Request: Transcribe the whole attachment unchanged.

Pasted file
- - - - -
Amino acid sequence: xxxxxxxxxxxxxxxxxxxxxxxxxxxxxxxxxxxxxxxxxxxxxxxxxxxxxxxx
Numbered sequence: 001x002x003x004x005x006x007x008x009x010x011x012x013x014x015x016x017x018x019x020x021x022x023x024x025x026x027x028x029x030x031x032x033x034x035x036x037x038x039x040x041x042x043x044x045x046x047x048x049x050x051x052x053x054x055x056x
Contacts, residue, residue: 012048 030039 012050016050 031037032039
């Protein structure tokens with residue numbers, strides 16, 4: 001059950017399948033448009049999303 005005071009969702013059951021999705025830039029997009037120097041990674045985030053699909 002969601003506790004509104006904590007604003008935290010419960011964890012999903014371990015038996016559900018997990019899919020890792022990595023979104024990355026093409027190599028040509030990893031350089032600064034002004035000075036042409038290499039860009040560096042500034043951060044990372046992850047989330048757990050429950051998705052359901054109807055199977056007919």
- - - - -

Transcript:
Amino acid sequence: xxxxxxxxxxxxxxxxxxxxxxxxxxxxxxxxxxxxxxxxxxxxxxxxxxxxxxxx
Numbered sequence: 001x002x003x004x005x006x007x008x009x010x011x012x013x014x015x016x017x018x019x020x021x022x023x024x025x026x027x028x029x030x031x032x033x034x035x036x037x038x039x040x041x042x043x044x045x046x047x048x049x050x051x052x053x054x055x056x
Contacts, residue, residue: 012048 030039 012050016050 031037032039
């Protein structure tokens with residue numbers, strides 16, 4: 001059950017399948033448009049999303 005005071009969702013059951021999705025830039029997009037120097041990674045985030053699909 002969601003506790004509104006904590007604003008935290010419960011964890012999903014371990015038996016559900018997990019899919020890792022990595023979104024990355026093409027190599028040509030990893031350089032600064034002004035000075036042409038290499039860009040560096042500034043951060044990372046992850047989330048757990050429950051998705052359901054109807055199977056007919």